TWO small kestrel chicks have been found alive in the exhaust of an Airbus A320 passenger jet. 

The plane was brought into a hanger at the St Athan aerodrome, near Cardiff Airport, when a technician spotted two pairs of eyes staring back at him. 

The aircraft has been on the runway at the maintenance base since August last year but was moved into the hanger for repairs, and it’s thought the chicks hadn’t been fed by their mother since the plane was removed from the runway. 

Staff fed the chicks cooked chicken and gave them water, before calling the RSPCA and helping an officer from the animal welfare charity remove them from the aircraft. 

Paul Nash, manager for maintenance firm Caerdav, said it was fortunate the plane’s Auxiliary Power Unit (APU) hadn’t been started before it was moved. 

He said: “Two technicians, Umit Atas and Luciano Ferriera, were making their way up the tail section of the aircraft in a cherry picker, when Umit spotted what looked like two pairs of eyes staring at him from inside the exhaust of the Auxiliary Power Unit. 

“Umit saw that the pairs of eyes belonged to two chicks. 

Normally we would operate the APU before entering the hangar to carry out function checks - this wasn’t needed otherwise the chicks would have met an untimely and scary end to their short lives.” 

The National Wales: Workers helped an RSPCA officer rescue the two chicks from the plane's exhaust. Pictures: RSPCAWorkers helped an RSPCA officer rescue the two chicks from the plane's exhaust. Pictures: RSPCA

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Paul said other staff tried guessing what the birds were: “None of the staff thought about kestrels until we had confirmation from the RSPCA."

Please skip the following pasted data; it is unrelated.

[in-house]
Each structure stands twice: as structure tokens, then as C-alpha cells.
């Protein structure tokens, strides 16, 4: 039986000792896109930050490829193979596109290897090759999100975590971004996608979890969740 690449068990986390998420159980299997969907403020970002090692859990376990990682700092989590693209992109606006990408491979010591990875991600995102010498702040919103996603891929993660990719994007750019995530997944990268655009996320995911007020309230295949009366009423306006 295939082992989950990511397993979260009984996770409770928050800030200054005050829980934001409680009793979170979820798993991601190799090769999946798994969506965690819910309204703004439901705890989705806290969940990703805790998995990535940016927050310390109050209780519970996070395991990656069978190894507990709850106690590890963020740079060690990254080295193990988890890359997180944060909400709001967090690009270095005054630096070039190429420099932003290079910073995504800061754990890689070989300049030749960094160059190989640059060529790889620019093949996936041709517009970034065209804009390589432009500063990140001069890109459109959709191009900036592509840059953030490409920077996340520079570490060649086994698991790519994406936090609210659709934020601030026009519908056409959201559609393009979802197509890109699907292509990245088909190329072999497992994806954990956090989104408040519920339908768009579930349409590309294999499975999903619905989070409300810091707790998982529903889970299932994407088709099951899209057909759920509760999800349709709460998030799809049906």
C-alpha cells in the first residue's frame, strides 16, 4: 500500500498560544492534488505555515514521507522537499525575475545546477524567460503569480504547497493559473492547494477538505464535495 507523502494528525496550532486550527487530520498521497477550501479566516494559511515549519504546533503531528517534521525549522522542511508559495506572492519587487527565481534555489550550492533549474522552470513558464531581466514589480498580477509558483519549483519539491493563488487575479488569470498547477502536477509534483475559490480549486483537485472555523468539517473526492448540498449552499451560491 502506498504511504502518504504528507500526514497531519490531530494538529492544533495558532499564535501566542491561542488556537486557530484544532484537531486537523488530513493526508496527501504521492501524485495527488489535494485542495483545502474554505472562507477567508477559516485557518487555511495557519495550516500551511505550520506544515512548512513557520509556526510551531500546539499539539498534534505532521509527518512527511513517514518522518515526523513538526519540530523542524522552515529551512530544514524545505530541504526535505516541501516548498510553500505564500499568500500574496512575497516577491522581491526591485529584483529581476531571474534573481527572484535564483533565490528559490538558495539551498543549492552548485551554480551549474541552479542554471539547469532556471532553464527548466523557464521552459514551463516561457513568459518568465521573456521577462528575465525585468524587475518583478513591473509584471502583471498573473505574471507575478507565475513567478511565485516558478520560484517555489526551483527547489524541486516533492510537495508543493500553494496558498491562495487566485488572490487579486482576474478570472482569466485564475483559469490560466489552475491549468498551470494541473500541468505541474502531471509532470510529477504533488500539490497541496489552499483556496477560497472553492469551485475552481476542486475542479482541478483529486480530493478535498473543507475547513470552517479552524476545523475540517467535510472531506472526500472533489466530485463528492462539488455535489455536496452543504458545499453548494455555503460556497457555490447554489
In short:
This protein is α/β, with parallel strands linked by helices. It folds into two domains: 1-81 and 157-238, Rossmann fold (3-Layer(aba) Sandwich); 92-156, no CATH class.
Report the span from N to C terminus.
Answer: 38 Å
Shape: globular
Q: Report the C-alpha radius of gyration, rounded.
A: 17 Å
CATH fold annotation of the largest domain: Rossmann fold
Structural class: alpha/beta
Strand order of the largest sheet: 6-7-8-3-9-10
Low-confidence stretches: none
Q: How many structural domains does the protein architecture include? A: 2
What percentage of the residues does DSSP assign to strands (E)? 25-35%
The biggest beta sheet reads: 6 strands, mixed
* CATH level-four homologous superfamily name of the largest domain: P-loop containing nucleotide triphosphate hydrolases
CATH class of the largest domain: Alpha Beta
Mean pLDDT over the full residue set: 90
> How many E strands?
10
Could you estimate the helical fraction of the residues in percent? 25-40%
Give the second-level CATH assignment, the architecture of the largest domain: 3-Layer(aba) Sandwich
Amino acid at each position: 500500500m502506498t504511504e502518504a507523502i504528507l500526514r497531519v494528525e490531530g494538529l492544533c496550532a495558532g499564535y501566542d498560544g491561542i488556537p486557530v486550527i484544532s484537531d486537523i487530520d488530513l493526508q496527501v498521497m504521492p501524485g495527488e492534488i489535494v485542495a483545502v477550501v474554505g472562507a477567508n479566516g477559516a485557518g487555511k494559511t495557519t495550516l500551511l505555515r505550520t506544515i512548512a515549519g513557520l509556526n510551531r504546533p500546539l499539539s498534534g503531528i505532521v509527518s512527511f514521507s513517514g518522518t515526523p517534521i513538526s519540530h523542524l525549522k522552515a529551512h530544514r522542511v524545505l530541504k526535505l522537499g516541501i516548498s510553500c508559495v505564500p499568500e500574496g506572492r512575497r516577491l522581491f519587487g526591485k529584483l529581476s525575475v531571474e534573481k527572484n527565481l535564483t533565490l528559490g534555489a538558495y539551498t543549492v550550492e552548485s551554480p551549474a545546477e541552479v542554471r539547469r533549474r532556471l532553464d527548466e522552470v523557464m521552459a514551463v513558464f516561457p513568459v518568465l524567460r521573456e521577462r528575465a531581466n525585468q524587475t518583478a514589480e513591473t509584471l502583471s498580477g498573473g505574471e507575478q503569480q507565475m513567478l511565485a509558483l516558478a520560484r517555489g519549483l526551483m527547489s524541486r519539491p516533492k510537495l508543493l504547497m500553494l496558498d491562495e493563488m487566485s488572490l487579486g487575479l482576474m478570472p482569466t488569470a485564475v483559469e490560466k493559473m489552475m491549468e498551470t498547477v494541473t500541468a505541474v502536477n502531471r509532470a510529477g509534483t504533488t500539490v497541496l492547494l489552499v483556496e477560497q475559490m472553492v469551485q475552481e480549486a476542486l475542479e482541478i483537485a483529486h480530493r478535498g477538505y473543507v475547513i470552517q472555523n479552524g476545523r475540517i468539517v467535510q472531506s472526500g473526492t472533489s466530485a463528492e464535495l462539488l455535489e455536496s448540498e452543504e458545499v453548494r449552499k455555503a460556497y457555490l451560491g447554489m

Engineer Colin Harrison removed the APU exhaust clamp and slid a thin piece of board between the APU rear turbine and exhaust, to prevent the chicks getting trapped. 

RSPCA inspector Simon Evans was then able to pull the chicks to safety via a hook, before removing them by hand. 

The birds, nicknamed Umit and Lucky after the two men who first found them, have since been taken to the Gower Bird Hospital for urgent rehabilitation and care. 

Inspector Simon said: "These little chicks are lucky to be alive - and we're so relieved and grateful to the engineers who spotted them and sounded the alarm. 

 "These chicks were very hungry, and I have no doubt were rescued just in the nick of time, as they hadn't eaten for a number of days since the aircraft had been moved inside. 

 "Kestrels are less common than a lot of people think - but rescuing any animal from an aircraft is certainly a new one on me. We're just so very lucky mechanics hadn't started the aircraft's engine or this would have ended in disaster. 

 "The chicks are now in the safe hands of our friends at Gower Bird Hospital. It's only a short journey west of St Athan, so there'll be no jet lag for these lucky kestrels." 

Kestrels have an amber conservation status in the UK - and the RSPB says numbers declined in the 1970s. There's approximately 46,000 breeding pairs in the UK, and they live on a diet of small mammals, birds, worms and insects. 

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